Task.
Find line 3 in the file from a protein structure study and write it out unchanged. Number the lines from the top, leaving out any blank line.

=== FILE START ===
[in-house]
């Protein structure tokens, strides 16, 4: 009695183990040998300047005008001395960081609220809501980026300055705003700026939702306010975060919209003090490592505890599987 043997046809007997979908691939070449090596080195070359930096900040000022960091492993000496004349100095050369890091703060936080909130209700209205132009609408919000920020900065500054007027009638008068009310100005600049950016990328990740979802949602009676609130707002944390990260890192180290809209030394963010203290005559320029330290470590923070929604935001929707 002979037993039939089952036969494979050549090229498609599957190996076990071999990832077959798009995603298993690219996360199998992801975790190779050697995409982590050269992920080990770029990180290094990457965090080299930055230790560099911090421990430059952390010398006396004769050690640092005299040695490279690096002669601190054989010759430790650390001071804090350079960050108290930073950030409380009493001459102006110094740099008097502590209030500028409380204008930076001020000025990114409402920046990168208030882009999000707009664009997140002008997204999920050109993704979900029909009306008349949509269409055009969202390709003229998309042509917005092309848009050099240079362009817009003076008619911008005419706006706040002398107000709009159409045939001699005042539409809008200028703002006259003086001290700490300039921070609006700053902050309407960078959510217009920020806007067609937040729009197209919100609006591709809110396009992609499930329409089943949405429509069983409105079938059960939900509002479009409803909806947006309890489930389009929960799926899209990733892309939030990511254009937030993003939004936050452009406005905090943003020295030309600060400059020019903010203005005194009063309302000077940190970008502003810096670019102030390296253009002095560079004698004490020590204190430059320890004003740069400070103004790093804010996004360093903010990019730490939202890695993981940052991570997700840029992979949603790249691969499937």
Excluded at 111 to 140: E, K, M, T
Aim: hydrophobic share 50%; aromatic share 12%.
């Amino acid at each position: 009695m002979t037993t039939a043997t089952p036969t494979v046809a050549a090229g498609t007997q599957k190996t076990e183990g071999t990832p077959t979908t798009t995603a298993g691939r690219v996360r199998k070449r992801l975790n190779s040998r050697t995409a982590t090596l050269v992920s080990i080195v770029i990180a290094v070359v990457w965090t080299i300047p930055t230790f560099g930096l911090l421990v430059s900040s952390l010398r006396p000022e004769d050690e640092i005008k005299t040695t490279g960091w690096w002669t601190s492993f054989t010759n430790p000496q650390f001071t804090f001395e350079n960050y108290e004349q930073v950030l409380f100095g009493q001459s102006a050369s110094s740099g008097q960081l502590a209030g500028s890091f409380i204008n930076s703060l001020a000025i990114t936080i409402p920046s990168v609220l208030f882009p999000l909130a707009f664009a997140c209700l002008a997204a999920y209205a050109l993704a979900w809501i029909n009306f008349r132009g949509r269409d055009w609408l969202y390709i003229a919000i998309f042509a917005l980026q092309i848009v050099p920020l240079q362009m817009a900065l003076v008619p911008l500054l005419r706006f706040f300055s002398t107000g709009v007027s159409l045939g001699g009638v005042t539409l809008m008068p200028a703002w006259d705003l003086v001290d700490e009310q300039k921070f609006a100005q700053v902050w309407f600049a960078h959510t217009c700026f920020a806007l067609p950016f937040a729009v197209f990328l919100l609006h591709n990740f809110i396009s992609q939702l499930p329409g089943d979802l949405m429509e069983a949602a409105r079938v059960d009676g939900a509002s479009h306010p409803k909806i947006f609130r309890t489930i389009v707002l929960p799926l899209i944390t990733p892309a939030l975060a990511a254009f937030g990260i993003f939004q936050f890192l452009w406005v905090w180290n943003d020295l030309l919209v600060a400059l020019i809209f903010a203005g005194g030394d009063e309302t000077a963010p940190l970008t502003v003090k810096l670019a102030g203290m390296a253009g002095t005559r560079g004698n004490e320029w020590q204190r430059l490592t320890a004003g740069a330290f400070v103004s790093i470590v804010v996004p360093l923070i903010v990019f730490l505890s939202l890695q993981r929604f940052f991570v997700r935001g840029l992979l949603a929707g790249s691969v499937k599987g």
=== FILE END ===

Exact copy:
Excluded at 111 to 140: E, K, M, T